In January, before I started this blog, I visited Hoi An in central Vietnam. It‘s an historic river port a few kilometres from the coast, just south of Da Nang and about midway between Hanoi and Saigon.
I stayed with Roe and Colin Schroeder, two Australians who are working as Australian Volunteer International volunteers for a foreign charity operating in Hoi An called the Kianh Foundation, which helps children with disabilities.
Hoi An is a town popular with foreign tourists, who flock to its World Heritage listed town centre. UNESCO says on its website that it is “an exceptionally well-preserved example of a South-East Asian trading port dating from the 15th to the 19th century”.
The visitors also come for the many tailoring businesses that occupy the centuries-old buildings, along with tourist restaurants and souvenir shops selling silk scarves, lacquer bowls, embroidered table runners and ornamental chop sticks.
Not far beyond the this precinct – a couple of minutes’ walk from the most outlying tailoring shop – is the office for the Kianh Foundation. A couple more minutes takes the visitor to the town’s orphanage.
The Kianh Foundation established and runs an onsite special-education school for the children with disabilities who live there, where they receive an education that’s tailored to their abilities. The foundation also pays the wages of five of their carers, for services such as physiotherapy, speech therapy and dental care and for excursions and other social activities.
I visited the orphanage with Roe and Colin Schroeder, and found the school rooms for the children, some of whom have severe disabilities, to be a bright, sociable and cheerful hive of activity, and well stocked with books and toys.
Conditions were drastically different in 2001 when two English tourists visited the orphanage while on a holiday to Hoi An. They found the orphans with disabilities lying two or three to wooden beds in a dark room. The Kianh Foundation website says: “The children’s lives were lived out solely on the beds: they ate there; went to the toilet there. They never left the room. They had a small amount of food, no toys, no books, no games, no music. They just existed.”
The pair decided to set up the Kianh Foundation. One of the founders, Jackie Wrafter, is now the director of the charity and others have joined their efforts, in particular the Schroeders. They had also initially visited the orphanage while on holidays to Hoi An, in 2003. They have been returning regularly ever since, currently for 18 months on the Australian Volunteers International placements.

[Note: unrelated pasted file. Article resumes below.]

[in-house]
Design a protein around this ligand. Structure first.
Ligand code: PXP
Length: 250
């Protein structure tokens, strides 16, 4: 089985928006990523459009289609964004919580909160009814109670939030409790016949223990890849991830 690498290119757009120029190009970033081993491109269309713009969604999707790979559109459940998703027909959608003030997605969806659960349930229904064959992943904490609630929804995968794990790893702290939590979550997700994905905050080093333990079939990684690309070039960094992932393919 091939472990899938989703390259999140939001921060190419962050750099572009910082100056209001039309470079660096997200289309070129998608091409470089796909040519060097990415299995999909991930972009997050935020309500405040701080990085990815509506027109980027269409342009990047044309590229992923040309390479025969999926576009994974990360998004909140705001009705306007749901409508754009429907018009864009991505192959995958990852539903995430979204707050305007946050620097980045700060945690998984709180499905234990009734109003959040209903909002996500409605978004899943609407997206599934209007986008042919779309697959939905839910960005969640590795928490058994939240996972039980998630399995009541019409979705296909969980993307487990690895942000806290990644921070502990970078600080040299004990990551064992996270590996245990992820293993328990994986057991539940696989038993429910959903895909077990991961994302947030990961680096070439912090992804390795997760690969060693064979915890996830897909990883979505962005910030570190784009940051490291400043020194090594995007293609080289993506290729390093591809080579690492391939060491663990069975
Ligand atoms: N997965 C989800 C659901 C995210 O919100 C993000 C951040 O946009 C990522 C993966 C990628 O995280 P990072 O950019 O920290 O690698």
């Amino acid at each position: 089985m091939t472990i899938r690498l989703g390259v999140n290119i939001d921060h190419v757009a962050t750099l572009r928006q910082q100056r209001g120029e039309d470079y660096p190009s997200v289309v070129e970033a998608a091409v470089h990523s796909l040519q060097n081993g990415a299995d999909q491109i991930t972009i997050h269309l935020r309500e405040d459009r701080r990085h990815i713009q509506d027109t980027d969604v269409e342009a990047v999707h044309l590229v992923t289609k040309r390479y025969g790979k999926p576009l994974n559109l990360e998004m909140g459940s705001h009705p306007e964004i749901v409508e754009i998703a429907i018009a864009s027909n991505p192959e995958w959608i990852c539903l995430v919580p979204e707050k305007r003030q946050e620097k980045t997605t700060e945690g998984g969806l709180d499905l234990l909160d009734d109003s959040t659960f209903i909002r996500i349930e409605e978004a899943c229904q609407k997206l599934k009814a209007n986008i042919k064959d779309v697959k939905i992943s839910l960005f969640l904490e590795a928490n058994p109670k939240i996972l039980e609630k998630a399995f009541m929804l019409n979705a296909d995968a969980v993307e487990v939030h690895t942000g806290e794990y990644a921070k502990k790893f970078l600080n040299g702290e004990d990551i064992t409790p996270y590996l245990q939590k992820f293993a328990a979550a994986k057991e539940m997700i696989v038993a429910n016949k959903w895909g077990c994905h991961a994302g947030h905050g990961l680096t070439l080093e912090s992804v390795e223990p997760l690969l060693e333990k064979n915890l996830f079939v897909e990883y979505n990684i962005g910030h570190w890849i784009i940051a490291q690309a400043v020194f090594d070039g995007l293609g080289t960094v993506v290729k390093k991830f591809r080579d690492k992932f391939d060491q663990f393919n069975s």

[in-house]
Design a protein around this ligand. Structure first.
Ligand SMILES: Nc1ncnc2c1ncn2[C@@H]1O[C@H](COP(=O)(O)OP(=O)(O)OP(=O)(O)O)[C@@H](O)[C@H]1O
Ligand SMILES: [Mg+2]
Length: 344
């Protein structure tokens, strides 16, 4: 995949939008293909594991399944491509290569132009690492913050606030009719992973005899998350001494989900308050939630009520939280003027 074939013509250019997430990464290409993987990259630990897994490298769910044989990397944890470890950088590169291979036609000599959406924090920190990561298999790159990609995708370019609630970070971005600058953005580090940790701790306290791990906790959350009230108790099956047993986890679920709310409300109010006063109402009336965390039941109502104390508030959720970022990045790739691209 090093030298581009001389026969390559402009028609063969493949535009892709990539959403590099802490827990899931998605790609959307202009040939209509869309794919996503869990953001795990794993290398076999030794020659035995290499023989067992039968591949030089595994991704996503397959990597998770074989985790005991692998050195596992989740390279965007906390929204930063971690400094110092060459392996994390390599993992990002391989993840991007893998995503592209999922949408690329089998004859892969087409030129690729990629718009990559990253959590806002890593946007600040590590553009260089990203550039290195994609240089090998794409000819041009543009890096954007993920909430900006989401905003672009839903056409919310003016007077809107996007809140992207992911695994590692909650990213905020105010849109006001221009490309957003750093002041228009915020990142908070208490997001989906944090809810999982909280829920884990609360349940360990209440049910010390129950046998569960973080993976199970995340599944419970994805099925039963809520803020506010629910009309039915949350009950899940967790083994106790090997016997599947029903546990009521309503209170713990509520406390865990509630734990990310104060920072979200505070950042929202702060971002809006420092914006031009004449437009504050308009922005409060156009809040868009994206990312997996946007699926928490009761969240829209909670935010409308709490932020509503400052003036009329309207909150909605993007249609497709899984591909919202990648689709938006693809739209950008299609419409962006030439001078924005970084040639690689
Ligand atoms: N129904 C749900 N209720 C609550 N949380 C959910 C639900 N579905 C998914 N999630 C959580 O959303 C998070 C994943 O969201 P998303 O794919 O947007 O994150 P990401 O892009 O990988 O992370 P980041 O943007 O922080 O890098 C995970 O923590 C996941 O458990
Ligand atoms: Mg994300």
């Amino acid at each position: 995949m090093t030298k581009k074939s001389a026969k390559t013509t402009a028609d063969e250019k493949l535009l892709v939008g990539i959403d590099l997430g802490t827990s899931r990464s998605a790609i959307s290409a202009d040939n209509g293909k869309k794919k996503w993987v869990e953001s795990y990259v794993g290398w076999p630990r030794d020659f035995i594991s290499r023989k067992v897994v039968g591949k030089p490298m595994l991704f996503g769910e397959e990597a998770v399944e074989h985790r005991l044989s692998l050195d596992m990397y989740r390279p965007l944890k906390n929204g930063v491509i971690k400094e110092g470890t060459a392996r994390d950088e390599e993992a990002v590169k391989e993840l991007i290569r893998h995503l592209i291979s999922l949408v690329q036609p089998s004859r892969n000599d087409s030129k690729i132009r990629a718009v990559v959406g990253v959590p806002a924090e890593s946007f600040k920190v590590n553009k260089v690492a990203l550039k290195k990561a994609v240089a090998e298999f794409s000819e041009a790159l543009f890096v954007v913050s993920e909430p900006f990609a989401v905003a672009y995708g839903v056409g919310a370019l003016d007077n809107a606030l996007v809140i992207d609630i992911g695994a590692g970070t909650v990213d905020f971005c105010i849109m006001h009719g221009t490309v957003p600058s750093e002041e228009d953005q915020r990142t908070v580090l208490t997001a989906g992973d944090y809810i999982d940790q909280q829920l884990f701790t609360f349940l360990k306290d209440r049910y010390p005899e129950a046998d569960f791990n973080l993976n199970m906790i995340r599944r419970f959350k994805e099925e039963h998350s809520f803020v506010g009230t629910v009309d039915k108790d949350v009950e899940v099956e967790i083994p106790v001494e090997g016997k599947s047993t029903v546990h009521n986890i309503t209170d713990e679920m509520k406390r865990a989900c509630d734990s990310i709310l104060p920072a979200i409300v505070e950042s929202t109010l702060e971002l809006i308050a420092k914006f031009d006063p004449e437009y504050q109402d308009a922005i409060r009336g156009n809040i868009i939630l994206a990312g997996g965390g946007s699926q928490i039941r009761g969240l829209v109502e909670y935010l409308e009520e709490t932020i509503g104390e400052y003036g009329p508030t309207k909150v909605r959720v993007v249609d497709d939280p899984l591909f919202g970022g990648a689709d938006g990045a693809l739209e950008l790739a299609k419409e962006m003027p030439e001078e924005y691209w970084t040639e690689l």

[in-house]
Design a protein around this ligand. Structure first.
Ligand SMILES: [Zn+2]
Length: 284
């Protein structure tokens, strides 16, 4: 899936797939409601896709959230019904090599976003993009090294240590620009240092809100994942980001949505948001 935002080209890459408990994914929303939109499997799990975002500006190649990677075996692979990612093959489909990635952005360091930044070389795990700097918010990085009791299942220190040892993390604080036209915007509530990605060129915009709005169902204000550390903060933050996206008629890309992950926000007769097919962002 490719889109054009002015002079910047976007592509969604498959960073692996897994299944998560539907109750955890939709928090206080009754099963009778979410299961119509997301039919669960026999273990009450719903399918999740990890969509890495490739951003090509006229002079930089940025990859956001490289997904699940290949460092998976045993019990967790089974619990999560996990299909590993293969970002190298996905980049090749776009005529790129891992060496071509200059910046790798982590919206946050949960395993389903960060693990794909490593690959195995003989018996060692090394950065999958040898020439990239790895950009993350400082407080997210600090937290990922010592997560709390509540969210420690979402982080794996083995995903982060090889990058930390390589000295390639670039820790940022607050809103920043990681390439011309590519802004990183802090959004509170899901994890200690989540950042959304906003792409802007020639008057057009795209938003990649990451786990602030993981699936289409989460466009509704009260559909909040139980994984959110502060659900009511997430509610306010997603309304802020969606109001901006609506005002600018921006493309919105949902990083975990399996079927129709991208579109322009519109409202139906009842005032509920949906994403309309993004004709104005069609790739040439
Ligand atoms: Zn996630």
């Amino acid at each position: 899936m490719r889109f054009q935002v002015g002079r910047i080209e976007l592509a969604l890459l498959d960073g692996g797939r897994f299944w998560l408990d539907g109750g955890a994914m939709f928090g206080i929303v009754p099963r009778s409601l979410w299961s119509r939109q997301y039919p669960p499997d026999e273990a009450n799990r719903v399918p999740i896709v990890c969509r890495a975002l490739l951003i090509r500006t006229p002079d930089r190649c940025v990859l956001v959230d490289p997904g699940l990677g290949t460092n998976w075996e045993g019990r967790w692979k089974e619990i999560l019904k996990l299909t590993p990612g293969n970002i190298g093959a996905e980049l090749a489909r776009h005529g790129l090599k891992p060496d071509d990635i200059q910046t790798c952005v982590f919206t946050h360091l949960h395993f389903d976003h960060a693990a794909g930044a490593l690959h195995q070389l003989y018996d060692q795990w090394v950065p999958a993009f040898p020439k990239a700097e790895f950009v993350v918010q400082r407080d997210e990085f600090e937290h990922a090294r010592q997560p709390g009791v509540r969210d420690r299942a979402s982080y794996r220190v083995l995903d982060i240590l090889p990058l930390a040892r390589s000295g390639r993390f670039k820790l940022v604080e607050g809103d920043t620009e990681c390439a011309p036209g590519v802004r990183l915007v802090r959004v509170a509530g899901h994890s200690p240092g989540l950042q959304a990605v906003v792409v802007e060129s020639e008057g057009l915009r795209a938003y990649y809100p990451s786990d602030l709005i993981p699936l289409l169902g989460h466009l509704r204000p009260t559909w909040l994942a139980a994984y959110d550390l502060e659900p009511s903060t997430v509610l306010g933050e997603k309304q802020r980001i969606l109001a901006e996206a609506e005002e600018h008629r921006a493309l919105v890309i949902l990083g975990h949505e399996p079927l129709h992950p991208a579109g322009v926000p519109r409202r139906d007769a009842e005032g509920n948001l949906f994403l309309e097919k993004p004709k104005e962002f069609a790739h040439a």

Now the charity is setting up a brand new day centre for disabled children in the nearby agricultural region of Dien Ban, so that its work can extend beyond the orphanage.
Roe Schroeder has for years trained the teachers for the school at the orphanage, and is now setting up the educational program for the day centre. Twenty children are already being helped, in temporary premises, with special education, physiotherapy and speech therapy. Roe is training three teachers and one teacher’s aid. Another Australian Volunteers International volunteer, a paediatric physiotherapist, is training an assistant physio and will shortly start training two graduate physios.
Colin Schroeder is the project manager for the centre’s permanent home, which will be purpose-built on land made available to the charity by the local authorities.
The Kianh Foundation website says Dien Ban was bombed heavily with dioxins during the war with the Americans and has the highest proportion of people with disabilities in the local province.
The dioxins were contained in herbicides including Agent Orange. This recent report from the US-Vietnam Dialogue Group on Agent Orange/Dioxin outlines the extent of the problem in Vietnam.
For those in Hoi An on holidays a visit to the Kianh Foundation and the orphanage shows a side of Vietnam far removed from the souvenir shops and tourist cafes. The charity and its dedicated staff and volunteers work hard to enrich the lives of children who otherwise might have little chance for health, personal growth or joy in their lives.
Donating money to the charity helps it to continue and expand its work for children with disabilities The Kianh Foundation, which is a registered charity in Great Britain, depends on donations from individuals to carry on with its work. Donations to it really do make a difference in the lives of these children of Hoi An and Dien Ban.